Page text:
Christmas 1951, Los Angeles: a city where the police are as corrupt as the criminals. Six prisoners are beaten senseless in their cells by cops crazed on alcohol. For the three LAPD detectives involved, it will expose the guilty secrets on which they have built their corrupt and violent careers.
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Like Fight Club, 'L.A. Confidential' is one of those contemporary novels that provides a certain literary difficulty for readers who come to it AFTER the film dropped because the directors (David Fincher, Curtis Hanson) created such large, iconic images out of the novels. L.A. Confidential's major characters are all very similar to the movie, but there are some major omissions and changes made in the movie that keep Elloroy's urtext both novel and different enough, to warrant your buck and your time.
Ellroy is a modern master of the slow build, the dark, back motives, the inevitable bloodbath. I think of the image of three big waves cresting together when I think of Edmund "Ed" Exley, Wendell "Bud" White, John "Jack" Vincennes, and their personal demons, all coming together to exact justice, each for their own reasons and with their own baggage and agendas. Anyway, it was all deftly done.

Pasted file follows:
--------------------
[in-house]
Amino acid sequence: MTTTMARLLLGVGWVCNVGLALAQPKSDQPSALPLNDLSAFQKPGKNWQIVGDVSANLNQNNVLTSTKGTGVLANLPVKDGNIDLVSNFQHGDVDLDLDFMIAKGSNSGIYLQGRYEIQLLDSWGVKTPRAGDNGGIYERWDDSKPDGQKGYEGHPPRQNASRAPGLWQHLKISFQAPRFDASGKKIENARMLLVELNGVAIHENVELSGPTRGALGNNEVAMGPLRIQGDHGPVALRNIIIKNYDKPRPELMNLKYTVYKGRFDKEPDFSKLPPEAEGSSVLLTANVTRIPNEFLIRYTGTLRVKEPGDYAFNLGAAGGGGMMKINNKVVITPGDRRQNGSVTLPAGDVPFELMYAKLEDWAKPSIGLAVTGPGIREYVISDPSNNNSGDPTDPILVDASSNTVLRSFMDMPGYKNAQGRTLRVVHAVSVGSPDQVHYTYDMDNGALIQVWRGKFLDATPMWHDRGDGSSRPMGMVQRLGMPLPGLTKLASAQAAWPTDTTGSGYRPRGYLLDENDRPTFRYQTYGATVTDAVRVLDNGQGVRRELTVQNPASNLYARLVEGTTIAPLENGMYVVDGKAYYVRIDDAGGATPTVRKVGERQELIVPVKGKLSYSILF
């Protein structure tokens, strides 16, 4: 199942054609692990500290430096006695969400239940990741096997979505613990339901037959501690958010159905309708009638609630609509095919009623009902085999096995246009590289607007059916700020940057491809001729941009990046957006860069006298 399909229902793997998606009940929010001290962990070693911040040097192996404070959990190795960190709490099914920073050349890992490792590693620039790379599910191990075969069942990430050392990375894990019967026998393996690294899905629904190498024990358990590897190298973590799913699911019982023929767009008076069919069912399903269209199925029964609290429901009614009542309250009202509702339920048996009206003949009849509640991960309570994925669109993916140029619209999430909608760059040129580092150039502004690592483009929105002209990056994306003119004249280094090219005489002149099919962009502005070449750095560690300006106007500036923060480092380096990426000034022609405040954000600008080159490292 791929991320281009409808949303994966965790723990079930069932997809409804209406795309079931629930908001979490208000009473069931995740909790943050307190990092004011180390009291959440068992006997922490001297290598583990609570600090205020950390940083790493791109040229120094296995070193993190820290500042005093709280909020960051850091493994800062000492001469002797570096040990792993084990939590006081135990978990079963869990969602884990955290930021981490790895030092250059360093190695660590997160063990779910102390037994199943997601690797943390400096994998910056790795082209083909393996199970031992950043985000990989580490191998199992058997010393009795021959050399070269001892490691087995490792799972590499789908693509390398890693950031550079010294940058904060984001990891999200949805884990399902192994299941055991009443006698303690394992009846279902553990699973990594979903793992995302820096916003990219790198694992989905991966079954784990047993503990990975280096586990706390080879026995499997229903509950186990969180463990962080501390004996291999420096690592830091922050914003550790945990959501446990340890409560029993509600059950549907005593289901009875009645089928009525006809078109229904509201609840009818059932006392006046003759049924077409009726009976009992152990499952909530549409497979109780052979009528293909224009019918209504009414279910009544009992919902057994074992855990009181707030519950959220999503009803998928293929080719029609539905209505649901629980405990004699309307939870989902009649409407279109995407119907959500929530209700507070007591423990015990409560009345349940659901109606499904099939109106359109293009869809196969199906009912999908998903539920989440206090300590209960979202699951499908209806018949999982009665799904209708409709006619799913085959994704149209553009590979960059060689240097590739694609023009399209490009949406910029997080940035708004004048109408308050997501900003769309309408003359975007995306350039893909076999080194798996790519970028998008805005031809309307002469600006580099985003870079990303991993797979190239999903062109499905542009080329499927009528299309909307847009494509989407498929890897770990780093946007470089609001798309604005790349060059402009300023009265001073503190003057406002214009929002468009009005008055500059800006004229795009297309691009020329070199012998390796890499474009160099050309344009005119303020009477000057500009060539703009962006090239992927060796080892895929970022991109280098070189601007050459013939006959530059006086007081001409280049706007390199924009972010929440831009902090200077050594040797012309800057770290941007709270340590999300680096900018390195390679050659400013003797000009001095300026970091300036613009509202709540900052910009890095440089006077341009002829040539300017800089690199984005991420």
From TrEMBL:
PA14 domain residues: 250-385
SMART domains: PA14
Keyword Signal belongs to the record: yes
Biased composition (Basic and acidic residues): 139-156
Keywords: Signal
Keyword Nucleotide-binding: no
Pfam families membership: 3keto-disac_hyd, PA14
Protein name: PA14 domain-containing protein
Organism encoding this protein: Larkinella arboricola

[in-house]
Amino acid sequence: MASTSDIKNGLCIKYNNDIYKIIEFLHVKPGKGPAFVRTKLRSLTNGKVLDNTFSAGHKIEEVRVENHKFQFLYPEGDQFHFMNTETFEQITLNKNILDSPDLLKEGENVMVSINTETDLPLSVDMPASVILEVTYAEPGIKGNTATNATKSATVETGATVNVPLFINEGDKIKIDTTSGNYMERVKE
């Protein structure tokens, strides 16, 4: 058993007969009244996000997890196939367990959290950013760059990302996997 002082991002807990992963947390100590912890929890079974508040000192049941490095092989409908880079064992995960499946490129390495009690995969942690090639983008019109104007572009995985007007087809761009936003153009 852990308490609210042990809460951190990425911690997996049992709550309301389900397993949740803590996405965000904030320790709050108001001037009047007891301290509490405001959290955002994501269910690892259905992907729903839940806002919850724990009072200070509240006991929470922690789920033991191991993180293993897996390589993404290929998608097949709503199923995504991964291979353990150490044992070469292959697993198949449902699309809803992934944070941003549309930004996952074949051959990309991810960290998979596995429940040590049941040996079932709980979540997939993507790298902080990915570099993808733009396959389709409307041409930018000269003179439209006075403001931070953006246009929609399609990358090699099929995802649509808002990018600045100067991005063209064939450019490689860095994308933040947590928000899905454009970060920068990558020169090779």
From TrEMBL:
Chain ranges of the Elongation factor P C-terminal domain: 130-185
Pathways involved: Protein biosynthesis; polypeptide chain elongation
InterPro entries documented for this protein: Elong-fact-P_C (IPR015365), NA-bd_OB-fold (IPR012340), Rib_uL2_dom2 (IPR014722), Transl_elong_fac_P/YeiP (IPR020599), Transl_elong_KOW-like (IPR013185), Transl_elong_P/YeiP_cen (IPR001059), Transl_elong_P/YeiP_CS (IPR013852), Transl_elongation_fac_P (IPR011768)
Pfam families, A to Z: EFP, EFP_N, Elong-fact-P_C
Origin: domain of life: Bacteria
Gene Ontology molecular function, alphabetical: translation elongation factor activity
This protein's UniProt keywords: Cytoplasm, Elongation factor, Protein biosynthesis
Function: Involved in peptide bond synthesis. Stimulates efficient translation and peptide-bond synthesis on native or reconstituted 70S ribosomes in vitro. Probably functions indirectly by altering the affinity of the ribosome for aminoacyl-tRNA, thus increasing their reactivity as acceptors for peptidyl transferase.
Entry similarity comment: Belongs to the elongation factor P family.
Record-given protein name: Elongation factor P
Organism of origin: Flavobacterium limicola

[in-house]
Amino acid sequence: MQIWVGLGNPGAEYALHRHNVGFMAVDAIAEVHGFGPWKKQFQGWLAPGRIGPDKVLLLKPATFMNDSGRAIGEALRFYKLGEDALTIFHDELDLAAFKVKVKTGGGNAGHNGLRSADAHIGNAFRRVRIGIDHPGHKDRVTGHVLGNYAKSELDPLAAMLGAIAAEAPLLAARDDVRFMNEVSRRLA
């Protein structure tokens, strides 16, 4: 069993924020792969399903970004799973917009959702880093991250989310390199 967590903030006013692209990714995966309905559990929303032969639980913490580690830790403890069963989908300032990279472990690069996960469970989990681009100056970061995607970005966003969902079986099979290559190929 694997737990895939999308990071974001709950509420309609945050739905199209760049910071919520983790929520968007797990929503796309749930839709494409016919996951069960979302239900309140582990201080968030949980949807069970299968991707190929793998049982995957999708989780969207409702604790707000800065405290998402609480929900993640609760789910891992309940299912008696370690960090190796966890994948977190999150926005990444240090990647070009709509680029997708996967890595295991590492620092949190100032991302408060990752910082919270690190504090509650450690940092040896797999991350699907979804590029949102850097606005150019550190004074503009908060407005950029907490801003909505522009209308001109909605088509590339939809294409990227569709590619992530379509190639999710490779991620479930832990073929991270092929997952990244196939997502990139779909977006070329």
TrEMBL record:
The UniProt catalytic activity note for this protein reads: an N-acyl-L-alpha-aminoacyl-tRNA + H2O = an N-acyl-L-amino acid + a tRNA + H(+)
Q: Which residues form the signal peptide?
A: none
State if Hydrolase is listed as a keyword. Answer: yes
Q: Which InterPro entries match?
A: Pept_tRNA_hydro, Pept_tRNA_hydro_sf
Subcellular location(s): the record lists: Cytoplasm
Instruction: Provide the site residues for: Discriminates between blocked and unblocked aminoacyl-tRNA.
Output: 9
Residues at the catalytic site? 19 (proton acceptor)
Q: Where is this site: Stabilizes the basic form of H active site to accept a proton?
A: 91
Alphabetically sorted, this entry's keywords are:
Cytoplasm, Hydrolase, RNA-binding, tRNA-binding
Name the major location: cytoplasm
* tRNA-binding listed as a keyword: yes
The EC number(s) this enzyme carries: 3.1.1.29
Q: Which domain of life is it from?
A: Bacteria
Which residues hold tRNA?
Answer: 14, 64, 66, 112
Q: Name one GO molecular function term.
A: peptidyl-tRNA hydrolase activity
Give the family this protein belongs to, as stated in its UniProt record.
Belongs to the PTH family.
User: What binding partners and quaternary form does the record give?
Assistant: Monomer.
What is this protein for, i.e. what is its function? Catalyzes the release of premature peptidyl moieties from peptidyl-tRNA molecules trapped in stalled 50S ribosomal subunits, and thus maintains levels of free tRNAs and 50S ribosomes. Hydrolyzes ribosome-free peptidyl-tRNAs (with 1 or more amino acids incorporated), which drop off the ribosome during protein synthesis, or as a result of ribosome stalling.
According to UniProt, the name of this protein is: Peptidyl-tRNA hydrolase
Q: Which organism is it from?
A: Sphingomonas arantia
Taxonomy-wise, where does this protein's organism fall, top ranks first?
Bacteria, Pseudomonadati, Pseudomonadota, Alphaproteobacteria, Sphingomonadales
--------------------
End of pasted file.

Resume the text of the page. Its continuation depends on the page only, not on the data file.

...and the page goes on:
The novel also contains many of the usual Ellroy tropes: pornography, children haunted by the actions of their parents, prostitutes, vice-in-general, the mob, corrupt cops, heroic cops with fatal flaws, femme fatales, queers, shrinks, plastic surgery, and a dark undercurrent that cuts thorough the heart of both L.A. and Hollywood. The world Ellory paints is dark, harsh, and often perverse. It isn't a place you want to raise a family or even walk a dog.
My only gripe with the narration is sometimes I think Wasson only has one voice for jews, one voice for women, one voice for thugs. I would have probably served the narration better to tone down some of the character narration. The story creates enough drama, no need to turn it to 11.
- Darwin8u "I write for myself, for my own pleasure. And I want to be left alone to do it. - Salinger ^(;,;)^"
One of the two best books by Ellroy...his "Cold Six Thousand" is the other. Gritty, suspenseful, and a great cast of characters. I love Craig Wasson's narrating skills, but I do agree with some other reviews that he appeared to be trying too hard on this one.